by Msgr. Joseph P. Calise
Wikipedia describes Fred Rogers as “an American television personality, musician, puppeteer, writer, producer, and Presbyterian minister.” It goes on to explain that his dissatisfaction with the way television addressed young children led him to create the TV show, “Mister Rogers’ Neighborhood.” He closed each episode with the words, “You’ve made this day a special day, by just your being you. There’s no person in the whole world like you; and I like you just the way you are.”
The 895 episodes of “The Neighborhood” ran from 1968-2001. Each was introduced by the theme song, “Won’t You Be My Neighbor?” The lyrics are, “It’s a beautiful day in this neighborhood, A beautiful day for a neighbor, Would you be mine? Could you be mine? It’s a neighborly day in this beautywood, A neighborly day for a beauty, Would you be mine? Could you be mine? I have always wanted to have a neighbor just like you, I’ve always wanted to live in a neighborhood with you. So let’s make the most of this beautiful day, Since we’re together, we might as well say, Would you be mine? Could you be mine? Won’t you be my neighbor? Won’t you please, won’t you please, Please won’t you be my neighbor?”
In Saint Luke’s version of the Gospel we hear today, there are two sections. The original encounter between Jesus and the scholar of the law and the section we have come to recognize as the Parable of the Good Samaritan. Each section can stand alone as a Gospel message for any Sunday. When the scholar asks Jesus what he needs to do to inherit eternal life (whether his motivation was to learn or to try to trap Jesus in a contradiction of the law is unimportant at this point), Jesus answers with the greatest commandment; to love God and neighbor. The parable comes as the result of the scholar’s further question, “Who is my neighbor?”
Webster’s dictionary defines “neighbor” as either one living nearby or one’s fellow man. The diversity of cultures in the parable certainly invites us to the broader definition. The characters we encounter in the story would not have all lived in the same neighborhood. Jesus makes it quite clear that our obligation to be a neighbor to one another is limited by neither geography nor culture and is based on the simple need we have for one another. The scholar recognizes this and answers Jesus’ question, “Who would you say was a neighbor to the man?” with the simple response, “The one who treated him with mercy.” Notice how carefully Jesus has now answered both of the scholar’s questions, “What must I do to inherit eternal life?” and “Who is my neighbor?” by leading him to the understanding that being a neighbor is an act of service. A few years ago I was at a twelve step meeting in California and heard a woman say, “The only problem with people-pleasing is that more people don’t do it.” Of course, no one should allow himself or herself to be abused by another person, but wouldn’t it be a wonderful world if everyone sincerely cared about everyone else? So, the question comes, “Why don’t we?” What prevents us as human beings from truly being a neighbor to one another? I think the parable answers that as well.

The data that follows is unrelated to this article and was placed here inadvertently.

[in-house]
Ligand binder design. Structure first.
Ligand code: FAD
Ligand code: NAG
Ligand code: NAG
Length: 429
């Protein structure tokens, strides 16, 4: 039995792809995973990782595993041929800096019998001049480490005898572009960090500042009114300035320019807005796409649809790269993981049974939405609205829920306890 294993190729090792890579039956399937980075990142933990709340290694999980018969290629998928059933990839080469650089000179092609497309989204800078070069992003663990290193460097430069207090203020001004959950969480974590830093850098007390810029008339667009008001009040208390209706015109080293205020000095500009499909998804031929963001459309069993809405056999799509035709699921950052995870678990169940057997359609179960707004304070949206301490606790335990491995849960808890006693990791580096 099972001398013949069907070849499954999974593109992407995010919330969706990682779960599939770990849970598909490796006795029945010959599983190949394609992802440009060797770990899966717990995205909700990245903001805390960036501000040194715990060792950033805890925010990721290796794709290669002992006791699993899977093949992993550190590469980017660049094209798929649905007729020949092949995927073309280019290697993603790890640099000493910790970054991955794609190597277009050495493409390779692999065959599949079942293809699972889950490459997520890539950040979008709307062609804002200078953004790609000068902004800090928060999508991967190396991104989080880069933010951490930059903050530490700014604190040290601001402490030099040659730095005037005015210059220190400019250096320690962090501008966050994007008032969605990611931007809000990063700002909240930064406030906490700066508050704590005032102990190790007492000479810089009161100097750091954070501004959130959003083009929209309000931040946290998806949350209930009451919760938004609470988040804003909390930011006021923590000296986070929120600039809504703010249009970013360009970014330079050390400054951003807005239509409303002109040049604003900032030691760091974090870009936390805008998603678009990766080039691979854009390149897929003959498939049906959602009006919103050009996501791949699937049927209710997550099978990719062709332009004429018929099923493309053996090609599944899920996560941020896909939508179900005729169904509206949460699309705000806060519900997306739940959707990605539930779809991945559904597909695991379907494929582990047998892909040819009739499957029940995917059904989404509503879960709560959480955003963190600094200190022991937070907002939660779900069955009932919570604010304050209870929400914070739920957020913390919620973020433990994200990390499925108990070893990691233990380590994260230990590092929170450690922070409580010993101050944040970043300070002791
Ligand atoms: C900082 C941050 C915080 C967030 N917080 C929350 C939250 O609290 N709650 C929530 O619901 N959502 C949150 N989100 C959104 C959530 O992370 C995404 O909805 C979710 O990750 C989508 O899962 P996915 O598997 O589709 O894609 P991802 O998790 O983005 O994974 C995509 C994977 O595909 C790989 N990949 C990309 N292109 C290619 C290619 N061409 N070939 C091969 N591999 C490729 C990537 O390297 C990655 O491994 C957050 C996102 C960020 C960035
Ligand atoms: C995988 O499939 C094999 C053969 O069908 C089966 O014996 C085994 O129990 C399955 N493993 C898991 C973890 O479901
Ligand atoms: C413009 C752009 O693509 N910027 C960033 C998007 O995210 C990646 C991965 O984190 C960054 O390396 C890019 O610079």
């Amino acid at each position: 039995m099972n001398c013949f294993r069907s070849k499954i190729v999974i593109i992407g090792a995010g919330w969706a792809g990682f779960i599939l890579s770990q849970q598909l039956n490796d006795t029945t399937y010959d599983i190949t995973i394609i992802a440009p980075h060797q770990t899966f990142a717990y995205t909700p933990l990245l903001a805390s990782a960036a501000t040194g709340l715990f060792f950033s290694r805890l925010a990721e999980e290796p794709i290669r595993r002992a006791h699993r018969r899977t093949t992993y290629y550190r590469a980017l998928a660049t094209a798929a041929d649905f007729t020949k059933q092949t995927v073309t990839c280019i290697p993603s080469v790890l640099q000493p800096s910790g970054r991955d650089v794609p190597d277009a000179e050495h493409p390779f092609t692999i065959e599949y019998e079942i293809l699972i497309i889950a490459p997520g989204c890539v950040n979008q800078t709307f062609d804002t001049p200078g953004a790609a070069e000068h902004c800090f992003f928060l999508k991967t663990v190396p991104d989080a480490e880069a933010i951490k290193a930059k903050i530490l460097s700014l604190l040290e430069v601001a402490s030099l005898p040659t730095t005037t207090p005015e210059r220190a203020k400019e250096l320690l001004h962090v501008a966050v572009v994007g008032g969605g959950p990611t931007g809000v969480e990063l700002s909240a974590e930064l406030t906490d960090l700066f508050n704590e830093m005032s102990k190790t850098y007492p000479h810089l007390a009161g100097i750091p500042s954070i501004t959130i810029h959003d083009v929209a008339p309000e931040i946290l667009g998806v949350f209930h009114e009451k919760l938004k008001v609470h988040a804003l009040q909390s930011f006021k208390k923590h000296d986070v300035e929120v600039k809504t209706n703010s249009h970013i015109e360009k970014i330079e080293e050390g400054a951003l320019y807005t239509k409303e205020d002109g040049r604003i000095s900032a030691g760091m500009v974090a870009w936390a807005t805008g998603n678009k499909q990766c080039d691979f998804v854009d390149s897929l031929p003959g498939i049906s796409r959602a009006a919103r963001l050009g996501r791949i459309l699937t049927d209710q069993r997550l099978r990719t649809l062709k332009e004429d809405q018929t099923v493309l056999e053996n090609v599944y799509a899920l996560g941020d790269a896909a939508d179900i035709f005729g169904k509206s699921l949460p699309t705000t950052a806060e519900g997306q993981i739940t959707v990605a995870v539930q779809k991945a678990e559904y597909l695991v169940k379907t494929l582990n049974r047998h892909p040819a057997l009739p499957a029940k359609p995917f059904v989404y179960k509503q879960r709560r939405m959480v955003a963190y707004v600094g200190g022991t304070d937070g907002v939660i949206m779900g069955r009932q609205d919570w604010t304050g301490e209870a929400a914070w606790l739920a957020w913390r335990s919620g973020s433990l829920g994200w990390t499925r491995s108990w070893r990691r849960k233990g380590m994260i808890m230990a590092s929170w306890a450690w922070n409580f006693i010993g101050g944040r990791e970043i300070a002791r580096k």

There are four main characters in the story: the victim, the priest, the Levite and the Samaritan. We do not hear much about the victim – his race, religion and age are not mentioned. What we can surmise is that he forgot or ignored the basic rule of not going into a dangerous area alone. The description of the locale is certainly desolate enough that one would wonder why he was there by himself – perhaps necessity, perhaps carelessness. In either case, he paid the price for being in the wrong place at the wrong time. As far as we can tell, the three who came upon him were also traveling alone. The priest who came upon him was probably traveling to the Temple in Jerusalem. As we know from the story of Zechariah, the father of John the Baptist, priests only served in the Temple a few weeks a year. It was an important honor for them. However, should the priest have come into contact with a dead body he would have forfeited that time, because the encounter with death would have made him ritually impure. Seeing the man on the road, the priest had no way of knowing if he were dead or alive. The Levite had a different experience. He goes over to the man and then leaves him. Perhaps he wanted to help but did not think there was anything he could do, or perhaps he had to wonder if the people who did this were still around waiting for another traveler who was foolish enough to walk that road alone. The Samaritan presents a more complicated case. The Samaritans were hated by the Jews, but not all Samaritans were considered Samaritans. Generations of intermarriage with foreigners would have left some of the racially impure Samaritans in the area. Although they would not have been well respected, they would have been admitted to Jewish areas and businesses. If this neighborly Samaritan were racially pure, he would not have been traveling on the road to Jerusalem because he would not have been able to conduct any business there.
The priest was too proud to help – it might have cost him his service in the Temple for which he had been waiting a long time. The Levite was afraid – the perpetrators might still be around looking for another victim. Pride and fear become identified as the great enemies of love. The Samaritan comes to be called “good” because he not only saw a need but responded. If that makes sense to us, then we must hear Jesus say, “Go and do likewise.”
Readings for Fifteenth Sunday of Ordinary Time
Psalm 68:14, 17, 30-31, 33-34, 36-37
Msgr. Calise is the pastor of St. Stanislaus Kostka and Transfiguration parish, Maspeth.